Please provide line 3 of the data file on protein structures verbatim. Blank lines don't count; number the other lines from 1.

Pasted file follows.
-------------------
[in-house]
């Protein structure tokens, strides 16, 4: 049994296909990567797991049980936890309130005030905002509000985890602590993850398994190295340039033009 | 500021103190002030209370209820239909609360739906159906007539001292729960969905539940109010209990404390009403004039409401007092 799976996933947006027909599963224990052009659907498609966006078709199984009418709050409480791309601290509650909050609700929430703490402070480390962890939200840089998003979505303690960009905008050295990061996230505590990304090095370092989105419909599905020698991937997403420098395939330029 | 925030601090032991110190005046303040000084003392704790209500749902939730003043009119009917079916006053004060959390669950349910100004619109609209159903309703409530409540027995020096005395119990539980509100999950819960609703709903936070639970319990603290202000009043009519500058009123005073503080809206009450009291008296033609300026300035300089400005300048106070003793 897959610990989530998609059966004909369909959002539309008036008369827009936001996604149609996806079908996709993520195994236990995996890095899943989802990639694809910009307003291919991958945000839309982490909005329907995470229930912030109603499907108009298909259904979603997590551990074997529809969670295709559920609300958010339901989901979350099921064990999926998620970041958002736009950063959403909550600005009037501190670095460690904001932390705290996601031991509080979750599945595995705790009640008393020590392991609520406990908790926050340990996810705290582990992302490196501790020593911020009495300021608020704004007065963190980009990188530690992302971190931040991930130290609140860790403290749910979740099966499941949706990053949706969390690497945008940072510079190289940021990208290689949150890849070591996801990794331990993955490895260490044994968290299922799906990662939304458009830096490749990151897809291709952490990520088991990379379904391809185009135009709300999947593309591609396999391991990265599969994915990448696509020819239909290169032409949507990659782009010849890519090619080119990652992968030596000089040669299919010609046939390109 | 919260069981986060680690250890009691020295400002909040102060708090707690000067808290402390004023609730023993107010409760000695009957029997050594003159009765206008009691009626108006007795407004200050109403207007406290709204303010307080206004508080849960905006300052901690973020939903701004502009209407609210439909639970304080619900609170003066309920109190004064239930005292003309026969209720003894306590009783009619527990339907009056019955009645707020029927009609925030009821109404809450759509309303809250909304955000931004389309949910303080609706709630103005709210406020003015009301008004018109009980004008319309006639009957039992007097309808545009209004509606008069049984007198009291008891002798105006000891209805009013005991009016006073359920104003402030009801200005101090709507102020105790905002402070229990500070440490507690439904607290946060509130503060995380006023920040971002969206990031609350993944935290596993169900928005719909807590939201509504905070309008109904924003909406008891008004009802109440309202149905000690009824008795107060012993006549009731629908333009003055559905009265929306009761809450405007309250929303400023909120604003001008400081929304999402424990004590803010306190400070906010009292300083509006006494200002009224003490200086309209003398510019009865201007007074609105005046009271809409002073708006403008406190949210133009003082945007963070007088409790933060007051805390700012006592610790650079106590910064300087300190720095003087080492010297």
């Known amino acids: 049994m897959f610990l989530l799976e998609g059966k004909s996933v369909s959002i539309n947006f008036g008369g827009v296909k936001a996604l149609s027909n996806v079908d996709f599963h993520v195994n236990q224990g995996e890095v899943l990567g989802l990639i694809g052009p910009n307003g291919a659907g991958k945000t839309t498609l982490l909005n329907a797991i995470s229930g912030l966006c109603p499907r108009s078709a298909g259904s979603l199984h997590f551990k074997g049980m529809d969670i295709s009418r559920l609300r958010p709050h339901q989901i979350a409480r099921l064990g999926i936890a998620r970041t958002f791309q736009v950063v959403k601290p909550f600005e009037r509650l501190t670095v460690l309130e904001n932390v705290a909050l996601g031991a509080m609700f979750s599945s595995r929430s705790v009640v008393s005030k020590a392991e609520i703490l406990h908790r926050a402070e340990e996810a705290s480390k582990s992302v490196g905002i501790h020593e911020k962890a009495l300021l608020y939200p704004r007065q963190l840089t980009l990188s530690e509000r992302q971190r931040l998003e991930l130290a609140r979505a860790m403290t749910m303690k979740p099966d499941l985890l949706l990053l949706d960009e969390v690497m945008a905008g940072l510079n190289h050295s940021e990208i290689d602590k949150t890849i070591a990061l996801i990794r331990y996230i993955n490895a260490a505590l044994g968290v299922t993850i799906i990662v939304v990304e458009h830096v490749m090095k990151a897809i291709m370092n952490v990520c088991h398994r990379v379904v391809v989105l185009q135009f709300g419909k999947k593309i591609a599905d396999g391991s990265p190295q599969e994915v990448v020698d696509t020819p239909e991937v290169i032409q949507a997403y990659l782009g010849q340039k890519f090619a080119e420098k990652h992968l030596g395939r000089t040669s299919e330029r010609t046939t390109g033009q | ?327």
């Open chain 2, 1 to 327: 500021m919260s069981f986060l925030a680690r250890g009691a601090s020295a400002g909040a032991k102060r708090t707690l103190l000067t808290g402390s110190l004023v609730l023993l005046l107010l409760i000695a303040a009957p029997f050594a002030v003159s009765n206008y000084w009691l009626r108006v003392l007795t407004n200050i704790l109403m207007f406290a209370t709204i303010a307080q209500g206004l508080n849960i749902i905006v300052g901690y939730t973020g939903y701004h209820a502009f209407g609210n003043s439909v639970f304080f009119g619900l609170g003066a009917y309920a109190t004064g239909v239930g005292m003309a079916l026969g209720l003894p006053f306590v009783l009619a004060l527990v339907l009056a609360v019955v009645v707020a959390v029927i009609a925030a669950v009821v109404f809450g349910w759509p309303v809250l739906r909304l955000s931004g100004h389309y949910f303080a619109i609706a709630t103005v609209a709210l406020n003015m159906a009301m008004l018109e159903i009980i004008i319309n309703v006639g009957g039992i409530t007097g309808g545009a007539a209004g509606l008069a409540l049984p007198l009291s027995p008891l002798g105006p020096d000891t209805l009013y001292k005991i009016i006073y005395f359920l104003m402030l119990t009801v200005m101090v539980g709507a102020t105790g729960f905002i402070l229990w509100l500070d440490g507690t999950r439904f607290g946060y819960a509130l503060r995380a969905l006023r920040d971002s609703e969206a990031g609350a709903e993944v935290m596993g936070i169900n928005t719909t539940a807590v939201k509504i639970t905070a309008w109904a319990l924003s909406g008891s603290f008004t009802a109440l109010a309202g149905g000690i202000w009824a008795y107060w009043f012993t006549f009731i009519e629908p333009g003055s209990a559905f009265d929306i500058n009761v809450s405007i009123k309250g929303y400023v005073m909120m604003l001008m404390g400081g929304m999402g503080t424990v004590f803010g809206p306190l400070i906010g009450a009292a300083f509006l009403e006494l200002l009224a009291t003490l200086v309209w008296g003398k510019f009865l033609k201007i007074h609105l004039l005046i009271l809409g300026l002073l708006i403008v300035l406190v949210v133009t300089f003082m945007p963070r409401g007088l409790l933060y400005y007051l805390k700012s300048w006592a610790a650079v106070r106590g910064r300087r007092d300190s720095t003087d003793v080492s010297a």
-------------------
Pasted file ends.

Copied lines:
């Known amino acids: 049994m897959f610990l989530l799976e998609g059966k004909s996933v369909s959002i539309n947006f008036g008369g827009v296909k936001a996604l149609s027909n996806v079908d996709f599963h993520v195994n236990q224990g995996e890095v899943l990567g989802l990639i694809g052009p910009n307003g291919a659907g991958k945000t839309t498609l982490l909005n329907a797991i995470s229930g912030l966006c109603p499907r108009s078709a298909g259904s979603l199984h997590f551990k074997g049980m529809d969670i295709s009418r559920l609300r958010p709050h339901q989901i979350a409480r099921l064990g999926i936890a998620r970041t958002f791309q736009v950063v959403k601290p909550f600005e009037r509650l501190t670095v460690l309130e904001n932390v705290a909050l996601g031991a509080m609700f979750s599945s595995r929430s705790v009640v008393s005030k020590a392991e609520i703490l406990h908790r926050a402070e340990e996810a705290s480390k582990s992302v490196g905002i501790h020593e911020k962890a009495l300021l608020y939200p704004r007065q963190l840089t980009l990188s530690e509000r992302q971190r931040l998003e991930l130290a609140r979505a860790m403290t749910m303690k979740p099966d499941l985890l949706l990053l949706d960009e969390v690497m945008a905008g940072l510079n190289h050295s940021e990208i290689d602590k949150t890849i070591a990061l996801i990794r331990y996230i993955n490895a260490a505590l044994g968290v299922t993850i799906i990662v939304v990304e458009h830096v490749m090095k990151a897809i291709m370092n952490v990520c088991h398994r990379v379904v391809v989105l185009q135009f709300g419909k999947k593309i591609a599905d396999g391991s990265p190295q599969e994915v990448v020698d696509t020819p239909e991937v290169i032409q949507a997403y990659l782009g010849q340039k890519f090619a080119e420098k990652h992968l030596g395939r000089t040669s299919e330029r010609t046939t390109g033009q | ?327």